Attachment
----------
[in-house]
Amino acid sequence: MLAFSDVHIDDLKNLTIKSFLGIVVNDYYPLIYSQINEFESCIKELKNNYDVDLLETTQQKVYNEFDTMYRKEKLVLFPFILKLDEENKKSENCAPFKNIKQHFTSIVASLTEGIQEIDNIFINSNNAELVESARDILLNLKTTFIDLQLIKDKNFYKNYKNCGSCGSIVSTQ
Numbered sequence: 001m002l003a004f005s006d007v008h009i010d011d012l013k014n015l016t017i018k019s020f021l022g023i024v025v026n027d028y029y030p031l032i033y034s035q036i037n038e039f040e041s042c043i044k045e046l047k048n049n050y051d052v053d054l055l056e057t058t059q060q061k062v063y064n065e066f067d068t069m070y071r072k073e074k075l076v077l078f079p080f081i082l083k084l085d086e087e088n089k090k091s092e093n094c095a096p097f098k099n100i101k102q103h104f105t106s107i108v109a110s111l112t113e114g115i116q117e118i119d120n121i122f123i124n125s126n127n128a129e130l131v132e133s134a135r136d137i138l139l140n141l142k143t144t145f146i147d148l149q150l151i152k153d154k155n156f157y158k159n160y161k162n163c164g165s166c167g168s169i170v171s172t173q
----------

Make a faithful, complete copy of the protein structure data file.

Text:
[in-house]
Amino acid sequence: MLAFSDVHIDDLKNLTIKSFLGIVVNDYYPLIYSQINEFESCIKELKNNYDVDLLETTQQKVYNEFDTMYRKEKLVLFPFILKLDEENKKSENCAPFKNIKQHFTSIVASLTEGIQEIDNIFINSNNAELVESARDILLNLKTTFIDLQLIKDKNFYKNYKNCGSCGSIVSTQ
Numbered sequence: 001m002l003a004f005s006d007v008h009i010d011d012l013k014n015l016t017i018k019s020f021l022g023i024v025v026n027d028y029y030p031l032i033y034s035q036i037n038e039f040e041s042c043i044k045e046l047k048n049n050y051d052v053d054l055l056e057t058t059q060q061k062v063y064n065e066f067d068t069m070y071r072k073e074k075l076v077l078f079p080f081i082l083k084l085d086e087e088n089k090k091s092e093n094c095a096p097f098k099n100i101k102q103h104f105t106s107i108v109a110s111l112t113e114g115i116q117e118i119d120n121i122f123i124n125s126n127n128a129e130l131v132e133s134a135r136d137i138l139l140n141l142k143t144t145f146i147d148l149q150l151i152k153d154k155n156f157y158k159n160y161k162n163c164g165s166c167g168s169i170v171s172t173q